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IssuesArchive of Issues2016-3pp.207-208

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"Vsevolod Ivanovich Feodos'ev (the 100th anniversary of his birth)," J. Appl. Math. Mech. 80 (3), 207-208 (2016)
Year 2016 Volume 80 Issue 3 Pages 207-208
DOI 10.1016/j.jappmathmech.2016.07.001
Title Vsevolod Ivanovich Feodos'ev (the 100th anniversary of his birth)
Abstract Vsevolod Ivanovich Feodos'ev (18.05.1916-24.09.1991), a prominent Soviet scientist in the field of mechanics of solids, was for over 40 years involved in the publication of the journal Prikladnaya Matematika i Mekhanika. He was a doctor of technical sciences, a professor, an associate member of the USSR Academy of Sciences (1977), an Honoured Figure of Science and Technology of the Russian Soviet Federative Socialist Republic (1956), a winner of the Lenin Prize (1960) and the State Prize (1976), and a Hero of Socialist Labour (1986), and he was decorated with orders of Lenin, the October Revolution, and the Red Banner of Labour.

He was born in Kaluga into a family of schoolteachers. The family then moved to Moscow, where, in 1935, he finished his schooling and entered the N.E. Bauman Moscow Mechanical Engineering Institute (now the Moscow State Technical University). In 1941 he graduated from the institute with distinction and after a year became a Candidate of Technical Sciences and a postgraduate of the Resistance of Materials Faculty. In 1945, he brilliantly defended his doctoral dissertation Flexible shells in engineering (theory and calculation)', in which he examined problems of the stability of thin-walled shells of revolution, and in 1947 he became a professor.

By this time, the scientific interests of Feodos'ev, which had been in the development of methods for calculating elastic elements in fine instrument making, had switched to the area of strength and stability analyses of the shell elements of structures. In his book Elastic Elements in Fine Instrument Making (Oborongiz, Moscow, 1949), he formulated the principal non-linear problems of the static stability of elastic elements.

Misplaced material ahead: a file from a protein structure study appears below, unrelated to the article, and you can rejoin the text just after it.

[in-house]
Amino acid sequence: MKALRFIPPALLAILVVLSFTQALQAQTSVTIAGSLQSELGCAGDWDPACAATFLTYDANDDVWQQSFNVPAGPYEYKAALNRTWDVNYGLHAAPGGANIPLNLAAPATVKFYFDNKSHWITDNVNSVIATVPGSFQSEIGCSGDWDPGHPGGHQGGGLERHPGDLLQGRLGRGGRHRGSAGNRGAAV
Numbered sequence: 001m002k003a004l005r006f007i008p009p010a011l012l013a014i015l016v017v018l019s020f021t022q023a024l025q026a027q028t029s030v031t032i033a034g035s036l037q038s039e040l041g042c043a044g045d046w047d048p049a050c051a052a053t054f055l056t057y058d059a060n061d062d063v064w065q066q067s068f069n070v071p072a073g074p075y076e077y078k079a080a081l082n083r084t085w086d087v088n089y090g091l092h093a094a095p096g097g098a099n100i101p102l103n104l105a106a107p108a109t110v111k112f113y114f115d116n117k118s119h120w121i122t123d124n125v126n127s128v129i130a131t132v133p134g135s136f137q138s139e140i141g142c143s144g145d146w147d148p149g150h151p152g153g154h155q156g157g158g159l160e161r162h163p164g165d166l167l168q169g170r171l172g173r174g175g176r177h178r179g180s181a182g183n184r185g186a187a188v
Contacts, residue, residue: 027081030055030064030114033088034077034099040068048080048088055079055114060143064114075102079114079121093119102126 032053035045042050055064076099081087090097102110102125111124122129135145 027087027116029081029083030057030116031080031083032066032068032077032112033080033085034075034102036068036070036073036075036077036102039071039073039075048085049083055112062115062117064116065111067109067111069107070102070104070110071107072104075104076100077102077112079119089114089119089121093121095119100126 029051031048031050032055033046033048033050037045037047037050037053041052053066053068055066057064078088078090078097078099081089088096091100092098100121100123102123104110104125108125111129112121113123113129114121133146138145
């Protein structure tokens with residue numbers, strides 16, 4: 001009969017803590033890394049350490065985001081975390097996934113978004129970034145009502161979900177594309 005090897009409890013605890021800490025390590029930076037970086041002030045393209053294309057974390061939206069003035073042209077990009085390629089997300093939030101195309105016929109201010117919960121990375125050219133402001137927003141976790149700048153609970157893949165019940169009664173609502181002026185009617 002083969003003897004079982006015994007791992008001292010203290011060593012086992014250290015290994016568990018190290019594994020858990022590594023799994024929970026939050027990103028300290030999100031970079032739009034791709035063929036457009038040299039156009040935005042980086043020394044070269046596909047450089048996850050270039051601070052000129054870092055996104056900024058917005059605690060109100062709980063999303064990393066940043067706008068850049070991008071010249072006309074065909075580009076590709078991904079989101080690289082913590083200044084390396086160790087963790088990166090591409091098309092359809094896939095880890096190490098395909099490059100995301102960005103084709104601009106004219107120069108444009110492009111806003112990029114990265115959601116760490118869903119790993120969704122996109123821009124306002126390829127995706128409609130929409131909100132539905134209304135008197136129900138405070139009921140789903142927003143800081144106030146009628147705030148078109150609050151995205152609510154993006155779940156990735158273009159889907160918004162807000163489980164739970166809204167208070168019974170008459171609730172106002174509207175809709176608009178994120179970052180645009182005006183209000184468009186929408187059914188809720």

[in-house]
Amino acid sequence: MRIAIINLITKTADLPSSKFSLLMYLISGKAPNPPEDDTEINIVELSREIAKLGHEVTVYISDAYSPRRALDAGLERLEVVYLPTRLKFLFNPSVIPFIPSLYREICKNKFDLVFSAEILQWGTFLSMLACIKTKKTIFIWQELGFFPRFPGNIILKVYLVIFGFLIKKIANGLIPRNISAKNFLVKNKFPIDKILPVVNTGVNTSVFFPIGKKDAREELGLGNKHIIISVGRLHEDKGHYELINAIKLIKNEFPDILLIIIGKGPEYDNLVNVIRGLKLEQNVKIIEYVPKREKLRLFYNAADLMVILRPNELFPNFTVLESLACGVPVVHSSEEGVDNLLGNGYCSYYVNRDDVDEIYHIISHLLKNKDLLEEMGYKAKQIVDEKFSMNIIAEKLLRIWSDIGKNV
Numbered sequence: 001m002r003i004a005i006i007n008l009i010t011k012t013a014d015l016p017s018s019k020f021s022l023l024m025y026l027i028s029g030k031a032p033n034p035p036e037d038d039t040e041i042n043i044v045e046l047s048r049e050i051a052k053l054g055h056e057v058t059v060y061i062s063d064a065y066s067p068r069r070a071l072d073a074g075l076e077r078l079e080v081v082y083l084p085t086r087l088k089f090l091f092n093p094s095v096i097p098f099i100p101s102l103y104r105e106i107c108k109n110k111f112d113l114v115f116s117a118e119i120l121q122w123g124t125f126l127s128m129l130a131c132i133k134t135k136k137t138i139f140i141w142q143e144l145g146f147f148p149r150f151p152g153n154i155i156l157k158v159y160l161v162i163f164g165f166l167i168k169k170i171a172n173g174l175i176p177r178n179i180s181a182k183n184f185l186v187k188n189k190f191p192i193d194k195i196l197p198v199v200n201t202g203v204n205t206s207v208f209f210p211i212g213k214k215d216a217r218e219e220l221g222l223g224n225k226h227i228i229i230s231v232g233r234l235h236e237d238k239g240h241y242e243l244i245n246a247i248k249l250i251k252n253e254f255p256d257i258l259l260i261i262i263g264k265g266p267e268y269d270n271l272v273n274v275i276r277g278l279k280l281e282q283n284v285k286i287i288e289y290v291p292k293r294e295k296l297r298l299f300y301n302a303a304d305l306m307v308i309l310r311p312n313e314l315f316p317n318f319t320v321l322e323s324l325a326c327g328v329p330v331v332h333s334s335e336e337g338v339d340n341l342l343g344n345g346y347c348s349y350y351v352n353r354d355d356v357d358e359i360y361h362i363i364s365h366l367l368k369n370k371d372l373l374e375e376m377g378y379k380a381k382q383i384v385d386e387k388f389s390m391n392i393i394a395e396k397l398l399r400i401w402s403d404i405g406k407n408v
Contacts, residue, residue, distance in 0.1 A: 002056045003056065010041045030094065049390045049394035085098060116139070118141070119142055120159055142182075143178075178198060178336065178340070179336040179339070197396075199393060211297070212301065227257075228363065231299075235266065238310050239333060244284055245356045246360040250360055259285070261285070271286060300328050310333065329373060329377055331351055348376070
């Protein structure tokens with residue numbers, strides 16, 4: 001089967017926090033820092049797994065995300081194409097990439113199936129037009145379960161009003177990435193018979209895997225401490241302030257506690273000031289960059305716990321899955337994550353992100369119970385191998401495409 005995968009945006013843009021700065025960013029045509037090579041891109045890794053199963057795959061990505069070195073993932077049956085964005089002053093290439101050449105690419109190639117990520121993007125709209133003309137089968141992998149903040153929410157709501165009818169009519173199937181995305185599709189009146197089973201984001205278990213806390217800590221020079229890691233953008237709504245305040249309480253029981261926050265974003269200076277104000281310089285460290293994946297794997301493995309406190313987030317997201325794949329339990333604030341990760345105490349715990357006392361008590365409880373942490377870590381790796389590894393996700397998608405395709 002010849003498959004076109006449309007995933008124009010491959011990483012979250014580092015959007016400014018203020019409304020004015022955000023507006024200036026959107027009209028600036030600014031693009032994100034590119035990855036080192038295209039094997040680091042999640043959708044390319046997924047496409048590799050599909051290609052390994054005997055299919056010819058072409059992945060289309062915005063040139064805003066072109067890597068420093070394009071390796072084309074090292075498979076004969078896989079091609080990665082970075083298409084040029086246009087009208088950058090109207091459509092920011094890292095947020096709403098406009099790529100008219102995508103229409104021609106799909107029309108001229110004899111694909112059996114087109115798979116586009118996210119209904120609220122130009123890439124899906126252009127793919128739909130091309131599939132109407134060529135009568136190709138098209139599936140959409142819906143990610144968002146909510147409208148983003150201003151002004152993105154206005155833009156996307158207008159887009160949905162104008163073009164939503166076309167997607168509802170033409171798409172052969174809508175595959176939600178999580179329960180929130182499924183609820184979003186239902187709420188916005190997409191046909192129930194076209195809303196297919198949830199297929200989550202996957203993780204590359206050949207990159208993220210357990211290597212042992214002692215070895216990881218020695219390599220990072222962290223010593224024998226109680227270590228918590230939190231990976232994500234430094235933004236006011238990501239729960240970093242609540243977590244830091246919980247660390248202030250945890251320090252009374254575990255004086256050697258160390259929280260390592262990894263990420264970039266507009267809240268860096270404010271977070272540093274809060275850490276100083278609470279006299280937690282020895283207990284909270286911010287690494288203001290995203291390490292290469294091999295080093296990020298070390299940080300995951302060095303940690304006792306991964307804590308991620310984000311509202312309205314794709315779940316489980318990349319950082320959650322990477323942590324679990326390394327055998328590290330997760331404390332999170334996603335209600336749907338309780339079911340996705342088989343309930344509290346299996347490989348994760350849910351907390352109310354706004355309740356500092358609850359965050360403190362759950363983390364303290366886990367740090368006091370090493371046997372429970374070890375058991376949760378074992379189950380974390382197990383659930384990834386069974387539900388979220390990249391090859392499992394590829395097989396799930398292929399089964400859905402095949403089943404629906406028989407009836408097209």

In 1948, Yu.A. Pobedonostsev, together with S.P. Korolev, founded the Long-Distance Ballistic Missile Faculty in the N.E. Bauman Moscow Higher Technical School (MHTS), for the training of specialists in the design of missiles with liquid-propellant rocket engines. On their recommendation, V.I. Feodos'ev was made Head of the faculty in 1950, and from 1951 to 1953 he was at the same time Dean of the Rocket Technology Department.

Feodos'ev, an excellent talent spotter, was able subsequently to attract outstanding scientists to work at the faculty. Lectures on the theory of vibrations and the dynamics of rockets were given by future academicians V.N. Chelomei and K.S. Kolesnikov, and lectures on launch equipment by V.P. Barmin. Leading specialists of Scientific Research Institute No. 88 (NII-88) were recruited with the help of S.P. Korolev to take other courses.

Knowing Feodos'ev as a specialist of the highest class in the area of the strength and dynamics of thin-walled structures, S.I. Korolev recruited him at the end of the 1940s as a Special Design Office (SDO) consultant on issues in strength and stability of structures and analysis of vibrational processes. As a result, Feodos'ev became an active member of the NII-88 Scientific Council. By the beginning of the 1950s, because of his excellent qualities, he had become well known and had acquired great authority among specialists of the SDO. At this time, he was developing methods for calculating the compartments of ballistic missiles and the docking units of satellites. In his monograph The Strength of Heat-Loaded Units of Liquid-Propellant Rocket Engines (Oborongiz, Moscow, 1957), he analysed central problems of the thermal strength of rocket engines, giving specific examples from practice and the results of calculations.